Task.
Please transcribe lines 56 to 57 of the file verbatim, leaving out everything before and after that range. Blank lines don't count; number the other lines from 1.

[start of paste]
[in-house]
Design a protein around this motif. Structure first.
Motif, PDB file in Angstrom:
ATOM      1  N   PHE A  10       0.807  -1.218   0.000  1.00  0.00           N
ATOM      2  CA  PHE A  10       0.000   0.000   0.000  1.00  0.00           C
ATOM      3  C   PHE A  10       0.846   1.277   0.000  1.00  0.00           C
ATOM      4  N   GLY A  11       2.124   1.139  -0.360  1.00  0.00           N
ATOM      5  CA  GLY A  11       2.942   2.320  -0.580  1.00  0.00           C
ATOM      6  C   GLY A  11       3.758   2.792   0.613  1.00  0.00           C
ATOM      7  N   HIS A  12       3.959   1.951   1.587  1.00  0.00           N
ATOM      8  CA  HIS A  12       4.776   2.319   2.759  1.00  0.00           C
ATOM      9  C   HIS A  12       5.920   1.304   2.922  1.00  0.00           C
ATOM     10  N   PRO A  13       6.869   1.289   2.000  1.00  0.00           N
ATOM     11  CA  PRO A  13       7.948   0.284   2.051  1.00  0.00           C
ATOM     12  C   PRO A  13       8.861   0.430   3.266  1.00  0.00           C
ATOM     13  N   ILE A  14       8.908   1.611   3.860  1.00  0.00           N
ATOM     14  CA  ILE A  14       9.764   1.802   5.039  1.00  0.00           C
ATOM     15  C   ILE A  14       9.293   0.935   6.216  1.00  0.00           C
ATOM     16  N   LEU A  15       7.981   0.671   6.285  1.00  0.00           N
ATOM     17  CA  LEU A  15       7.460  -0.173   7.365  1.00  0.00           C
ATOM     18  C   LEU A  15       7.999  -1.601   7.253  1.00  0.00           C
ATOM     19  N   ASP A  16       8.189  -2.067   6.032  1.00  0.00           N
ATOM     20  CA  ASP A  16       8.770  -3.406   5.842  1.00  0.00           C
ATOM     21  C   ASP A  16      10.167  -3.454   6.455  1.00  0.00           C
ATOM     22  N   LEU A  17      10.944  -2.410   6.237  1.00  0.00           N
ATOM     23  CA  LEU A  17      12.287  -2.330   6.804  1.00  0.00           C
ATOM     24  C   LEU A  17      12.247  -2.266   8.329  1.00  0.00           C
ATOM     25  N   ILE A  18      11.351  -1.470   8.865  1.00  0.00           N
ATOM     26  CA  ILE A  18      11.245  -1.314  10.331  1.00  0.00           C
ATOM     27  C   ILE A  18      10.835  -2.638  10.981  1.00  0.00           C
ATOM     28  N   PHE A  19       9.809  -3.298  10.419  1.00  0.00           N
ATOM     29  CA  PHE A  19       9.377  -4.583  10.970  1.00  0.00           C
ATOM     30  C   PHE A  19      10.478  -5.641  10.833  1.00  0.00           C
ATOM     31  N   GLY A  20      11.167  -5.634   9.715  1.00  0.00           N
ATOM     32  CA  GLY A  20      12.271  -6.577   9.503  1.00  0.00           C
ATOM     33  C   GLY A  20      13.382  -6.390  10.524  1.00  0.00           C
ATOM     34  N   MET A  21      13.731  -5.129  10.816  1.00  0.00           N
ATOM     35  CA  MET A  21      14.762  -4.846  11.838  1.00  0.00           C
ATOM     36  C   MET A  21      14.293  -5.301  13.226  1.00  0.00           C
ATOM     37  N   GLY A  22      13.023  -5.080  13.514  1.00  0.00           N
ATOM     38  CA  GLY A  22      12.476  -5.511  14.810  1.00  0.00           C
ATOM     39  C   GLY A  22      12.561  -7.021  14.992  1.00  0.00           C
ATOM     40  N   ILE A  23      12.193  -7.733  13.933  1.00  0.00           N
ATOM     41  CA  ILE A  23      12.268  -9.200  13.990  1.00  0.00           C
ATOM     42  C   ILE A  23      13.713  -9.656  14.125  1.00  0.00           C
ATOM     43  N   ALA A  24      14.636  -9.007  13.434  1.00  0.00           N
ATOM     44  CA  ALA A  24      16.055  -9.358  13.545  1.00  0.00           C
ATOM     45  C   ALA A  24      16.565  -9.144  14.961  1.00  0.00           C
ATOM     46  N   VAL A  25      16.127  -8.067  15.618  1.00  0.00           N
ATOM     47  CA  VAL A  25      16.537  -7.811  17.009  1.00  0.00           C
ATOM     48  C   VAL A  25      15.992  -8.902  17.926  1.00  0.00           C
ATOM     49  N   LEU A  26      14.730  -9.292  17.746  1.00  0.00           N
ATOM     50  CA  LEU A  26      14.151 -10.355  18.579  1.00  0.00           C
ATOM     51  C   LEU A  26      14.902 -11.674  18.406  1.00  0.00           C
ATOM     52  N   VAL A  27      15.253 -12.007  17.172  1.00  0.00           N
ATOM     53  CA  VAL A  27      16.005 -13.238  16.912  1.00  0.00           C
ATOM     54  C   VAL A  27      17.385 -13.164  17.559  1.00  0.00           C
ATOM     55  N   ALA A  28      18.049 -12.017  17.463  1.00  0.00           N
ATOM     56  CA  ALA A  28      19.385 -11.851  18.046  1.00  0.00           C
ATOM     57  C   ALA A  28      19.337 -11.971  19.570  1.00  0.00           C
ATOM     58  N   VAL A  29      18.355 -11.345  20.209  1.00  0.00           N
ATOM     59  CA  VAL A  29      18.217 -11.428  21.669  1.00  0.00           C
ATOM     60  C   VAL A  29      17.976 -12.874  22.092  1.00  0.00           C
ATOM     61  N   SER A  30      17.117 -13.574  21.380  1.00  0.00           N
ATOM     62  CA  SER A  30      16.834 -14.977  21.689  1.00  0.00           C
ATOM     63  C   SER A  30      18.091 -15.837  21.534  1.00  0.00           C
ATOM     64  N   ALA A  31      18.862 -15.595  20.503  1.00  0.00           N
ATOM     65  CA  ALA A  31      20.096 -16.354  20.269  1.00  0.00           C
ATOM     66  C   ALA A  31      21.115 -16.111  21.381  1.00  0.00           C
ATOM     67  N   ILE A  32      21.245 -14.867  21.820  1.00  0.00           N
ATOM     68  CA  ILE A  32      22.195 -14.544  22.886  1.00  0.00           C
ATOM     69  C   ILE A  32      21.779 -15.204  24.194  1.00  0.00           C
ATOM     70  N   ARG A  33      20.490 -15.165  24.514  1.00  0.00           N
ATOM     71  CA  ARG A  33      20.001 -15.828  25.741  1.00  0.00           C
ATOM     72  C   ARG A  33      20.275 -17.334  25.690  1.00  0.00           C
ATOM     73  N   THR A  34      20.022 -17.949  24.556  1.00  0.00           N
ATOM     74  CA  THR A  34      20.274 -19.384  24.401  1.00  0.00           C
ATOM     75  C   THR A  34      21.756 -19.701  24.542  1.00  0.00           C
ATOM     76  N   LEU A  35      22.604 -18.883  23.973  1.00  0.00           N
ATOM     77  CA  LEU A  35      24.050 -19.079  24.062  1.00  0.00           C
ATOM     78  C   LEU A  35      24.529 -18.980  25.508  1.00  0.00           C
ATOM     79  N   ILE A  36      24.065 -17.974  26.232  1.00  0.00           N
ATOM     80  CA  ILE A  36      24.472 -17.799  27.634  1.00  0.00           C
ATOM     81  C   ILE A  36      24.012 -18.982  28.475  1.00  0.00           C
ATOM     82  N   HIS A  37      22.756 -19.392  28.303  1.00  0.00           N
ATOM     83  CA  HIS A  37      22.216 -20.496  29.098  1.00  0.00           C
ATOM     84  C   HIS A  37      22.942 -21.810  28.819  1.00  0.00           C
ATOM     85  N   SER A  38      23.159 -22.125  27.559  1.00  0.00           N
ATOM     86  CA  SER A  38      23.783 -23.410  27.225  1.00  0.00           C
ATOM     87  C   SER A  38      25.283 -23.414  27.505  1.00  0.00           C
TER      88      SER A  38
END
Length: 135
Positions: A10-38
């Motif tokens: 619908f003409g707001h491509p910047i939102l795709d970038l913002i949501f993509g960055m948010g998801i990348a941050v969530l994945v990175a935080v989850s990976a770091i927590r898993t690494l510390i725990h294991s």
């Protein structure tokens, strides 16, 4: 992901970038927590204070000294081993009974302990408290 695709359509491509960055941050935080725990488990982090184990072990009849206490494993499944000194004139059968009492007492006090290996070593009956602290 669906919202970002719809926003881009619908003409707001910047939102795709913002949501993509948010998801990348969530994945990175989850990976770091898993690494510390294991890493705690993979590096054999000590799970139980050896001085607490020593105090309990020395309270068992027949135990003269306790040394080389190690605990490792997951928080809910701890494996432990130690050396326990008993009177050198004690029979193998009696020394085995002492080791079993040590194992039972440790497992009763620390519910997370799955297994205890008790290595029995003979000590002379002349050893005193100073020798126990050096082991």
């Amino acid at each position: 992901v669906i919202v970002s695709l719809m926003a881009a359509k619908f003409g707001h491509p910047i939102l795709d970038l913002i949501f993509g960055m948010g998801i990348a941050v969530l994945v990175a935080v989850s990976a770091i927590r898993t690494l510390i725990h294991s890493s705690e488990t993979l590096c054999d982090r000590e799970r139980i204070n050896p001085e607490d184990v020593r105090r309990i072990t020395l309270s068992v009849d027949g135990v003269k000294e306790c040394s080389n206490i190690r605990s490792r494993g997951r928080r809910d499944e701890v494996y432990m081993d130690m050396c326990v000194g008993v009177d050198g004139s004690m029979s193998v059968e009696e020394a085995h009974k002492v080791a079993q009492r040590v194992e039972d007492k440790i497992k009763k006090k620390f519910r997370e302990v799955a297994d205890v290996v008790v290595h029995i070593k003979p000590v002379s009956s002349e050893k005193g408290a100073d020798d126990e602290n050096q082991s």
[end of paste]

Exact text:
ATOM     53  CA  VAL A  27      16.005 -13.238  16.912  1.00  0.00           C
ATOM     54  C   VAL A  27      17.385 -13.164  17.559  1.00  0.00           C